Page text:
While the property represents only a small portion of the former stud farm, Neville’s family say they have found relics in the dirt near where the tree meets their property line, connecting the site to the former livestock farm. The streets around Homestead Drive are named after some of the horses and people involved with the stud.
The dam of Hall Of Fame racehorse Carbine, The Mersey, is buried under another tree in the area, along with two St Albans Stud broodmares. Neville believes other horses may also be buried at the site, including a horse named Freeman, believed to have been propped up next to Phar Lap in 1930.
“When we purchased 30 years ago, the previous owners indicated that important racehorses were buried under this tree,” Neville said.
“We know St Albans Park Farm has up to nine Melbourne Cup winners. It would be positive to assume there would be other Melbourne Cup winners under that tree, but that would be difficult [to confirm] because you don’t get a death certificate when you bury a horse.
McIntyre, who is also a real estate advocate, said at least nine objections were submitted to council to suspend the planning application.
“We want to get a meeting with the council before the planner makes a decision on this, if we cut down a historic tree that has remains of horses [buried under it]”McIntyre said.
St Albans Stud was also where trainer Harry Telford sent Phar Lap to shelter the horse after the 1930 Melbourne Cup favorite survived a shootout on the morning of Derby Day.
Phar Lap shook off the fear of death on Saturday morning to win the Mackinnon Stakes, then in the early hours of Sunday morning was sent to Geelong after Telford asked stud owner Guy Raymond for permission to hide the horse.
According to a book called The Melbourne Cupwritten by Maurice Cavanough, rumors swirled in the racing world about Phar Lap’s whereabouts.
The champion was then almost late to Flemington on the morning of the Cup after the truck towing his float took an hour and a half to start, but the race was delayed by 15 minutes, allowing Phar Lap to arrive before the start and achieve the greatest victory. of his career, engulfing bookmakers in hatred and bringing joy to punters in the depths of the Great Depression.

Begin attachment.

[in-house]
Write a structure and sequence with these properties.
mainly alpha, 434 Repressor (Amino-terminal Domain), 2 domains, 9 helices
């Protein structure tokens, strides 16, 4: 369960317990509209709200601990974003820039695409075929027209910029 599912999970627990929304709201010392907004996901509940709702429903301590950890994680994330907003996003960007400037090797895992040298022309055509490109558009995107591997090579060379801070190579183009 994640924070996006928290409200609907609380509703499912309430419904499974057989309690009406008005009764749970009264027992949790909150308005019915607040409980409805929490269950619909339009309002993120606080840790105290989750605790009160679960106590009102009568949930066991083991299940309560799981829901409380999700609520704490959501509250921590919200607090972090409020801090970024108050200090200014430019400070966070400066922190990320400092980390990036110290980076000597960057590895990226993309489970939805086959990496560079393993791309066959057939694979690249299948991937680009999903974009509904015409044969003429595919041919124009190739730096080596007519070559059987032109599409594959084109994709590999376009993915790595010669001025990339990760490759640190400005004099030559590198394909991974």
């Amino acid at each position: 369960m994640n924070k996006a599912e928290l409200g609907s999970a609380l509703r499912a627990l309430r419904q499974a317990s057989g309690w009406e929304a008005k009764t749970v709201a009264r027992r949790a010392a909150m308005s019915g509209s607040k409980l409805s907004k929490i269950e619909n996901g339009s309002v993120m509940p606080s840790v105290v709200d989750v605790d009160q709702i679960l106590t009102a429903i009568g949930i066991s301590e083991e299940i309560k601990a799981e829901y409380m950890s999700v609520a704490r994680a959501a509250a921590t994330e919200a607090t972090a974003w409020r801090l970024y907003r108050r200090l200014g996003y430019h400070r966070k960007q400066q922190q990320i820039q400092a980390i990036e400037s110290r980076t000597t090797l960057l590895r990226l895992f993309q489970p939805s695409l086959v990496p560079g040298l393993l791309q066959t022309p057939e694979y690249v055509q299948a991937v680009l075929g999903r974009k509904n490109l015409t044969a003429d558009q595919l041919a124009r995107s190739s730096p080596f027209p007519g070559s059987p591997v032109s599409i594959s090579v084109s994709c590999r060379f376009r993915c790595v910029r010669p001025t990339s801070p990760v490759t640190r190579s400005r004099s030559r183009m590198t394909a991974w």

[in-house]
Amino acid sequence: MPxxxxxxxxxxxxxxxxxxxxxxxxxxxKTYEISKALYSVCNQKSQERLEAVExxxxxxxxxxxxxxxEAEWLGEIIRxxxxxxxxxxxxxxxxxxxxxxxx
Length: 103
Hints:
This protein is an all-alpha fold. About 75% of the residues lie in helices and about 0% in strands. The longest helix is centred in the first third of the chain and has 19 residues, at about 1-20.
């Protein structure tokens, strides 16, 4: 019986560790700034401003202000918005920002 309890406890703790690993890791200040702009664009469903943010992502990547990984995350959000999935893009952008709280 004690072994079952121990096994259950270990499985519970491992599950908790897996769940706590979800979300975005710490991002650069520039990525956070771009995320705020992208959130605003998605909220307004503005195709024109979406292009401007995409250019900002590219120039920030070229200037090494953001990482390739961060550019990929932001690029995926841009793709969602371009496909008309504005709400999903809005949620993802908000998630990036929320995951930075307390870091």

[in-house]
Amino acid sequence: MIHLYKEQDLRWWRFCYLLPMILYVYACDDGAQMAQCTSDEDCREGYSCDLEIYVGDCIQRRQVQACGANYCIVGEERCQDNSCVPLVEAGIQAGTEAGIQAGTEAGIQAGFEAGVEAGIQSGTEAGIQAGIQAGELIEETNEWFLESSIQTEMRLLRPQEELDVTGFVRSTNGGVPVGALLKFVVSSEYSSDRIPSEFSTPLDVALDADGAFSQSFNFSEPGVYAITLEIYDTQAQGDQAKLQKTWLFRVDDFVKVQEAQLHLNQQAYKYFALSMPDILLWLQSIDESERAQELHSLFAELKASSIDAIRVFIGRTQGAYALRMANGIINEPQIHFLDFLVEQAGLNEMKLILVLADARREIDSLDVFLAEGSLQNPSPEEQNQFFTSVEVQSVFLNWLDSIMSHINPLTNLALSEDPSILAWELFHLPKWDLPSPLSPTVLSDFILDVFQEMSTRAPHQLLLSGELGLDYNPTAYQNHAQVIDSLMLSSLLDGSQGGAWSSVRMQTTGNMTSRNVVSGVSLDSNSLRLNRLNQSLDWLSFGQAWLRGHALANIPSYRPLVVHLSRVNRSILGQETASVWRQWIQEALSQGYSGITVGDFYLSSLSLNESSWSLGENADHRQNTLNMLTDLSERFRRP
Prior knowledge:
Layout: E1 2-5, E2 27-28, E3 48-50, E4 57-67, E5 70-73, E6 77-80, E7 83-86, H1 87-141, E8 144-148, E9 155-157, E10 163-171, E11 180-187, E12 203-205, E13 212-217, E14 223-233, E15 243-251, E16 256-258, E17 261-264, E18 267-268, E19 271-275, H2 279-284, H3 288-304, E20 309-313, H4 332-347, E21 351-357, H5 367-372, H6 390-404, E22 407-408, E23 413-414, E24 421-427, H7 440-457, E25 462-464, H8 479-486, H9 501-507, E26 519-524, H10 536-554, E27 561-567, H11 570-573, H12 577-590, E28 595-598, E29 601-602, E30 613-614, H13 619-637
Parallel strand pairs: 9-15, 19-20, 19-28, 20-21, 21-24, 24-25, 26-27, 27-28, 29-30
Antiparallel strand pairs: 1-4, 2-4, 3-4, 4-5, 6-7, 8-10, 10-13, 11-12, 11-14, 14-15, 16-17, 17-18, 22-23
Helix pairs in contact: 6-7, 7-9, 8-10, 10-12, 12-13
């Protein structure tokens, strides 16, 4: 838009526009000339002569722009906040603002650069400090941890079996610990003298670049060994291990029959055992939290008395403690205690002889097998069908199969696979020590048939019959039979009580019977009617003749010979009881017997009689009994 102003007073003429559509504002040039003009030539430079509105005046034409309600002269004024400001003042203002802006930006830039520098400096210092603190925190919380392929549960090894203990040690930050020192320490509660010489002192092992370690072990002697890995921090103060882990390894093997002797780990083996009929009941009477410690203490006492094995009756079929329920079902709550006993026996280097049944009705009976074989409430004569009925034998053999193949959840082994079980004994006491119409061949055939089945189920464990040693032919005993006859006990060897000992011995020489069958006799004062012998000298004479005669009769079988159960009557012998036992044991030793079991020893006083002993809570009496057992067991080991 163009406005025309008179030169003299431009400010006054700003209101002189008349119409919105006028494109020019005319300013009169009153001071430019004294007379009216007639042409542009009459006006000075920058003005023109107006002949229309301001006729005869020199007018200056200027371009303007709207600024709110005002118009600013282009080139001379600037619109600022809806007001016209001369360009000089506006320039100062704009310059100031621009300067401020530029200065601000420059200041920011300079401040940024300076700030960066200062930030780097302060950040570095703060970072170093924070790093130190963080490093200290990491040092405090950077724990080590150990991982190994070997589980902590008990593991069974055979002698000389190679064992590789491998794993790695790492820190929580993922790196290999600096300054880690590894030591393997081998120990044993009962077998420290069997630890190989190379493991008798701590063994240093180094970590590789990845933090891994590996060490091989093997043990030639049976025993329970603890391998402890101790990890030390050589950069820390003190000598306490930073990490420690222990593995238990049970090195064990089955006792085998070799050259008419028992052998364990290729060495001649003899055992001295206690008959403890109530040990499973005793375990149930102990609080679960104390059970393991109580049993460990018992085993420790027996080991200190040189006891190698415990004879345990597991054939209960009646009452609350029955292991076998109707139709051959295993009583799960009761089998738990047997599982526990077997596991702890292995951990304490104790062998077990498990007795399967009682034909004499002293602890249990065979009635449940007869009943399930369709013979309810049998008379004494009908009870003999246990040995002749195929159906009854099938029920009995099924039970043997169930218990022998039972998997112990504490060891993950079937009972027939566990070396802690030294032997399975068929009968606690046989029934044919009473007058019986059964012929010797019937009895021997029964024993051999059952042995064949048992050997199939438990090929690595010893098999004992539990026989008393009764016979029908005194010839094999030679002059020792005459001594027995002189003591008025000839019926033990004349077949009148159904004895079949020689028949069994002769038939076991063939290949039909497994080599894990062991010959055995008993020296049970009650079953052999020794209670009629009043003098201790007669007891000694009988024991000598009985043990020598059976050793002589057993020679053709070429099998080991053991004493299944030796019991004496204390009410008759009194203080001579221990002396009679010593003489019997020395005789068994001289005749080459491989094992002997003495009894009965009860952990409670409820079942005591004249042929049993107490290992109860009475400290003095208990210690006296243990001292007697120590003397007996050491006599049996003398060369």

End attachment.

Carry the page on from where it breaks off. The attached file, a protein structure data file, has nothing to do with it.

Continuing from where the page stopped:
St Albans Stud were also the breeder of the champion mare Wakeful, who was the sire of the stud’s star stallion, Trenton.
Raymond’s great-granddaughter, Catriona Murphy, said many famous racehorses, stallions and broodmares are believed to have been buried at the former stud farm.
While the proposed development is simply to split the 3,488m² site in two, the site is also intended for “potential future residential development”, according to the planning report submitted with the application.
The title deed however has two covenants in place which would need to be lifted by the council for the development to be approved. The former prohibits multiple dwelling development and further subdivision of the lot unless approved by council, while the latter prohibits more than one dwelling on each title.
But Maddocks Lawyers’ legal analysis, submitted by the land owner as part of the planning application, said the covenants were not absolutely prohibitive and that development and subdivision can proceed with approval. advice.
O’Loan said any mention of future residential development was simply about his client’s intention to build a single-storey family home on the land where the tree stands. O’Loan added that there was no need to suspend the application because his client plans to protect the tree.
Wilson-Browne reportedly withdrew a subdivision application for the site in 2019 after community backlash, before its updated submission went live on April 5. The announced planning permission will be closed for public consultation on April 23.